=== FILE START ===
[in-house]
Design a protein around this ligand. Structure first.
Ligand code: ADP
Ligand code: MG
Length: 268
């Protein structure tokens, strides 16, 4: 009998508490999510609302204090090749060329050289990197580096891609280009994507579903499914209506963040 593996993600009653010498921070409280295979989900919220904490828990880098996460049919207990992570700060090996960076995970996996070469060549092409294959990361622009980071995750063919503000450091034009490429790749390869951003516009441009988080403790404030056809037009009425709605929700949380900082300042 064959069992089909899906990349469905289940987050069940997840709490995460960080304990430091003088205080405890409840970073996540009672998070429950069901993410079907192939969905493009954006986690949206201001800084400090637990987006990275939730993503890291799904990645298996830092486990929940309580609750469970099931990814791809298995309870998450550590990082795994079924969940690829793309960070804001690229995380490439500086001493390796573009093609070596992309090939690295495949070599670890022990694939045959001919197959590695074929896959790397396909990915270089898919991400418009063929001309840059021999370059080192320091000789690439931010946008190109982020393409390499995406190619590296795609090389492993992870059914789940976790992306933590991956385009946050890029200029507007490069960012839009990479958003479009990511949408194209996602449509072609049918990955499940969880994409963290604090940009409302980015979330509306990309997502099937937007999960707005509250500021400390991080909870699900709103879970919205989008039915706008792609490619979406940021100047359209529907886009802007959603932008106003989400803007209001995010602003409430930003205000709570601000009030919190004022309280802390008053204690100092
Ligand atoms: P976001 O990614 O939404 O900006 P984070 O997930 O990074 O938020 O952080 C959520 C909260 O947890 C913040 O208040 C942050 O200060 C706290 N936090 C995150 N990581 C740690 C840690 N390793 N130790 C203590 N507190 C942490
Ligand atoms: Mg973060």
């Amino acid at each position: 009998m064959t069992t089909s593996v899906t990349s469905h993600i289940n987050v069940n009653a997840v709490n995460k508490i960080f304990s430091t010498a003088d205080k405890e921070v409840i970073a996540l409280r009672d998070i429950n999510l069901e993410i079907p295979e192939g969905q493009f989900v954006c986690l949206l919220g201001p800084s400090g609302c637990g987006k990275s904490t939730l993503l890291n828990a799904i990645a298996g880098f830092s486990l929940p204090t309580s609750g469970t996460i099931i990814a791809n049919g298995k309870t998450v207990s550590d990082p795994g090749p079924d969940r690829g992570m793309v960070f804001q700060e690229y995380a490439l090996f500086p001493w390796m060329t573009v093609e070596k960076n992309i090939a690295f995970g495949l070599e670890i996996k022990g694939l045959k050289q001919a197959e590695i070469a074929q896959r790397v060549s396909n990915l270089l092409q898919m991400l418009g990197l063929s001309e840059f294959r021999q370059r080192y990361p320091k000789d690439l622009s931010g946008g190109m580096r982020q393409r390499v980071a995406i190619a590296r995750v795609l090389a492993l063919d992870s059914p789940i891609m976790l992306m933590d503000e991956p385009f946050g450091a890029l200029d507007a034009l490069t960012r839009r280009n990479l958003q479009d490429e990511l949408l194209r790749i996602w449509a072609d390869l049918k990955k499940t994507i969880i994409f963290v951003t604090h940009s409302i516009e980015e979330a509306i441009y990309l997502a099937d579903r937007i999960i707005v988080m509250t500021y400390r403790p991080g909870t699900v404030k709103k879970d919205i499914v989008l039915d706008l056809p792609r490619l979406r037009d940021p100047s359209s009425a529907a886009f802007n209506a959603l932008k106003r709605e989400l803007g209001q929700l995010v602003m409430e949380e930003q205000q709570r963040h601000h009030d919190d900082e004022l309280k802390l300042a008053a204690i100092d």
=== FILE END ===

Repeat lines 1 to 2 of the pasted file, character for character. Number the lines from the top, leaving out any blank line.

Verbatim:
[in-house]
Design a protein around this ligand. Structure first.